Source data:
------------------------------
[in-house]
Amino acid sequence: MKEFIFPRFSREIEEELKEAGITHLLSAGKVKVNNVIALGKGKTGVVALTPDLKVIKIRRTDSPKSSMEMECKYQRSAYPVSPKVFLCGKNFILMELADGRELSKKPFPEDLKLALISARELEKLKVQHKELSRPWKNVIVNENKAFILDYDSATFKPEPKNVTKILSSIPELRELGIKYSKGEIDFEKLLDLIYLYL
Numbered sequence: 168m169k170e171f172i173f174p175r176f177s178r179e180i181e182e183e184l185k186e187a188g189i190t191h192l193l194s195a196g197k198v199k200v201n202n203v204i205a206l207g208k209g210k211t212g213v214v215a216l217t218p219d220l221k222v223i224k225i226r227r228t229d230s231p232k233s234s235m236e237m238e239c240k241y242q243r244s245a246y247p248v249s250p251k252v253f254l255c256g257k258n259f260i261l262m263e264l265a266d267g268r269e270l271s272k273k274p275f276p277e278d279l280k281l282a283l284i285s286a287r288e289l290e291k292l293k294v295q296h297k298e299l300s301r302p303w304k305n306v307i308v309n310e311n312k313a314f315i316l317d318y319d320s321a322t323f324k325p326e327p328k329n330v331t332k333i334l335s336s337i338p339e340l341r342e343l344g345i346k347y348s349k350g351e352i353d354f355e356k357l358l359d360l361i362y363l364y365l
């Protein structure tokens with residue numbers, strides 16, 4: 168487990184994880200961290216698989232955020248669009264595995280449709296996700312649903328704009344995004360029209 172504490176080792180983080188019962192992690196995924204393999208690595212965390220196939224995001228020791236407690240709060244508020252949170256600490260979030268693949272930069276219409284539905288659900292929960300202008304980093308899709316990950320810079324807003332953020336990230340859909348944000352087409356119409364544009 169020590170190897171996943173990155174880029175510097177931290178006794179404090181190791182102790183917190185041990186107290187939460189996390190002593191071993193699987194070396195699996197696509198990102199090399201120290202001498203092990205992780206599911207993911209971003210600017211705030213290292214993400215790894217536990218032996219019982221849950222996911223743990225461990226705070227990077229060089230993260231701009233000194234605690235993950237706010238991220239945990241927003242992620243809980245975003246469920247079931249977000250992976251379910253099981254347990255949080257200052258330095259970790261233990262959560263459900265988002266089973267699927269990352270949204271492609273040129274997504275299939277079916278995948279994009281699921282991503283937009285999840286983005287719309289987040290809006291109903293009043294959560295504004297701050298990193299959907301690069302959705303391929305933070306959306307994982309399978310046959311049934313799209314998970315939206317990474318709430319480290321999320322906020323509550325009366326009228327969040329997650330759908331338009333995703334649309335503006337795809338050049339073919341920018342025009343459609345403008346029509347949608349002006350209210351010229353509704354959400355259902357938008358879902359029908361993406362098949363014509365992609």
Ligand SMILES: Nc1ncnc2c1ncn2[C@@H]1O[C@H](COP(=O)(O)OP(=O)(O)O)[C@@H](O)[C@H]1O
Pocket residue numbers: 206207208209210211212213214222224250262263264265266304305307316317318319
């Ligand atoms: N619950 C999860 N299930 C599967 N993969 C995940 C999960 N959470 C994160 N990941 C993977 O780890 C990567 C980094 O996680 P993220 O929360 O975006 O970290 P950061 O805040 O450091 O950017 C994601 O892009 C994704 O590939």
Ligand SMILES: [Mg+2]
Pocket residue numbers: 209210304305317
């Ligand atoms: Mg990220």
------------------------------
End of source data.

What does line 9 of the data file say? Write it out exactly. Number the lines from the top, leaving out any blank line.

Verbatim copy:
Pocket residue numbers: 209210304305317